Egyptian property developers must change their business models if they want to unlock the benefits of government housing initiatives introduced in the post-Mubarak era.
Egypt, the Middle East and North Africa region's most populous country, faces the biggest shortfall of affordable housing. The government has pledged to build 1 million extra units, but the global property investment and advisory firm Jones Lang LaSalle puts total demand for affordable homes at 1.5 million.
Until recently, the industry has focused much of its attention on the wealthy elite, pricing out the majority of Egyptians.
"The sector is not fully represented by the current listings on the Egyptian stock exchange, which mainly consist of luxury developers," said Ankur Khetawat, an analyst at AlembicHC Securities in Dubai.
Egypt's property market has been reeling from a string of legal rows over how the government of Hosni Mubarak, the ousted president, sold state land, depressing activity in the sector.
Land disputes have hit major firms such as Talaat Moustafa Group, Palm Hills Developments and Egyptian Resorts, most of which have higher exposure to luxury property. The cases revolve around a 1998 law requiring state land to be sold via competitive bidding, rather than direct sales.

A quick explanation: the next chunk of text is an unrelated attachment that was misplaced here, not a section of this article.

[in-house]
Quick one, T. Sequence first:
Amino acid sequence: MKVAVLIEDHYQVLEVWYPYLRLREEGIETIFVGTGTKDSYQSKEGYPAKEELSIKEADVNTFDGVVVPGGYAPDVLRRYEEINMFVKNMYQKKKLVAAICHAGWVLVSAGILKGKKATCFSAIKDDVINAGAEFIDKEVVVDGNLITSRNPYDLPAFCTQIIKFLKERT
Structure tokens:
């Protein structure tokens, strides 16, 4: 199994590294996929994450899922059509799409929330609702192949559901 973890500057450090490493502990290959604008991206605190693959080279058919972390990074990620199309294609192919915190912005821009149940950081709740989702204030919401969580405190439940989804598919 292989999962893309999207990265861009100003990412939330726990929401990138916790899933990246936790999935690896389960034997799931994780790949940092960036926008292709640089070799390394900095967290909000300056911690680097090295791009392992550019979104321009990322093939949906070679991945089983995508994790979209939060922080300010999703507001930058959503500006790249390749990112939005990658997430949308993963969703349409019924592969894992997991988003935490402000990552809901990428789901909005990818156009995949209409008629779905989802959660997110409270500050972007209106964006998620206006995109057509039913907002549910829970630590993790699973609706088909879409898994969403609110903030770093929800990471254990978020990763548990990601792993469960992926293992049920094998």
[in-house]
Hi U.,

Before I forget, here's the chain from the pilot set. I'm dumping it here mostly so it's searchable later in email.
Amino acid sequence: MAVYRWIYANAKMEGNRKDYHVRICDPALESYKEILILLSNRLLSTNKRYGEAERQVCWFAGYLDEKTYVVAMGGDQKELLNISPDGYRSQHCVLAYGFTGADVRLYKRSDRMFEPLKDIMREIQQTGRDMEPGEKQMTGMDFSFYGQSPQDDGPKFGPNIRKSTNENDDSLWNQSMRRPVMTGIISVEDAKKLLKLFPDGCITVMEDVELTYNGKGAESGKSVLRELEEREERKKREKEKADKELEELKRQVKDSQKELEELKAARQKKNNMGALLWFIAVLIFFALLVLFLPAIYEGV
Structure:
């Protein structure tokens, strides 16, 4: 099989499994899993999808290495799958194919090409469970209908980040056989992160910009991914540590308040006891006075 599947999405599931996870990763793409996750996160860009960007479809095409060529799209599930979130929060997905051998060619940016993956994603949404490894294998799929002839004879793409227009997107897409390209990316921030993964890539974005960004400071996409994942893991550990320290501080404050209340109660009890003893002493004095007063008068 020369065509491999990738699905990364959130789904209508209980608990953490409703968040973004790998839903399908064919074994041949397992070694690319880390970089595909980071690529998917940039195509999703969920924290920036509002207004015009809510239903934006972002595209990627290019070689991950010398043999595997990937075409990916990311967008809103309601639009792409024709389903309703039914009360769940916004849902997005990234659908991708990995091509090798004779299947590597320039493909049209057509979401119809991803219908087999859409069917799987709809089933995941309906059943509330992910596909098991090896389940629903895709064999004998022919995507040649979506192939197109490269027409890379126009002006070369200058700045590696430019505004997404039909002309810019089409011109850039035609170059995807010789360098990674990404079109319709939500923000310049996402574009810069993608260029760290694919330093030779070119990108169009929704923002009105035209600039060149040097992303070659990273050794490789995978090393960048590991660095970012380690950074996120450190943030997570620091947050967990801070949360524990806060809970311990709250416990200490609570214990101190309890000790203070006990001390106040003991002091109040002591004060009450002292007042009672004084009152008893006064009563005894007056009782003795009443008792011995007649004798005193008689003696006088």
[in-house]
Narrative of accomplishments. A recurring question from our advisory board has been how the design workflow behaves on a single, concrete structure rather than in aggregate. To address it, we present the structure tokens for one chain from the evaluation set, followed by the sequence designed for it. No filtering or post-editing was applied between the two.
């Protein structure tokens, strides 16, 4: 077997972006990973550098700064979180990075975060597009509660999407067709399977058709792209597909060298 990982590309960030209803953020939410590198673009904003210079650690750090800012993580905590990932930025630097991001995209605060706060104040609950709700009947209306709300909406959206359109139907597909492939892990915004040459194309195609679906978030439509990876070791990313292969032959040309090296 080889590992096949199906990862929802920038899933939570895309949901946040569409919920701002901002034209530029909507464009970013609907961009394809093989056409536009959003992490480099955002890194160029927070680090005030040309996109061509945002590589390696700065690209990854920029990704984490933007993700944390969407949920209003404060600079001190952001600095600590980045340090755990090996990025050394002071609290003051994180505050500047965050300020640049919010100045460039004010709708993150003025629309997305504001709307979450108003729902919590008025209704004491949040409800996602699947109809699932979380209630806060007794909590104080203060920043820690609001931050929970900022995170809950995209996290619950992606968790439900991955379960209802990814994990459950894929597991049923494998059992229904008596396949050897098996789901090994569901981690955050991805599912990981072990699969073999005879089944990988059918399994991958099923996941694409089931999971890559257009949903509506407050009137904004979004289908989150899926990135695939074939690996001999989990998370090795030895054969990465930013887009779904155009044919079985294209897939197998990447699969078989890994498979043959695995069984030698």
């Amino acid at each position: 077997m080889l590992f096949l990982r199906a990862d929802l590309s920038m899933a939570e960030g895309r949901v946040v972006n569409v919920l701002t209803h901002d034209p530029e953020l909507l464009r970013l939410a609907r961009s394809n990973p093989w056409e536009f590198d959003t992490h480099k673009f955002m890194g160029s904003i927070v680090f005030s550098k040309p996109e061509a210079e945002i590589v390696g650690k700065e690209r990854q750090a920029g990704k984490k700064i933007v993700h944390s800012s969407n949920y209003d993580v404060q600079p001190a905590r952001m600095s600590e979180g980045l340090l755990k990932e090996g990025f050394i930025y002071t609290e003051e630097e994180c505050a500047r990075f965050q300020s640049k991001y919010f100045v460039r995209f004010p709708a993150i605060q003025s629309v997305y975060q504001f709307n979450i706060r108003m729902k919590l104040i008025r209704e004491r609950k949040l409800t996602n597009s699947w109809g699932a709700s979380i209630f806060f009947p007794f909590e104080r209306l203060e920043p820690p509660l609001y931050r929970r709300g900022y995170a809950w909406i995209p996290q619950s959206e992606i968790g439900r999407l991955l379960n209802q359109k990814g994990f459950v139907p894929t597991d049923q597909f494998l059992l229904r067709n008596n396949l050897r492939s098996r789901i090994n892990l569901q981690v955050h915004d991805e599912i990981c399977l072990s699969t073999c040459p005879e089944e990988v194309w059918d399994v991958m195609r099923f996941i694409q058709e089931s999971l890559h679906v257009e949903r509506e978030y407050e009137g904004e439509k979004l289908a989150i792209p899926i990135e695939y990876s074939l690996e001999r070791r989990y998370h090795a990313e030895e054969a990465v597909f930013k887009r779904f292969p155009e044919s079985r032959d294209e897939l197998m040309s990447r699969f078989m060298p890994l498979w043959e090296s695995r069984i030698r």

"There is potential, the groundwork needs to be done before reaching the level where sales volumes increase," Mr Khetawat said. "There needs to be a resolution to the cases, there needs to be a strong regulatory environment, mortgages and financing, preferably backed by the country's government."
Madinet Nasr Housing, a formerly state-run firm founded by the government in 1959 and now 30 per cent owned by Beltone Private Equity, plans to launch two building projects early next year.
Work on one of these, known as Teegan, is planned to include mixed-use housing units and commercial buildings.
The company is also seeking to launch a project on its 5.5-million- square-metre plot on the outskirts of Cairo known as Kilometre 45.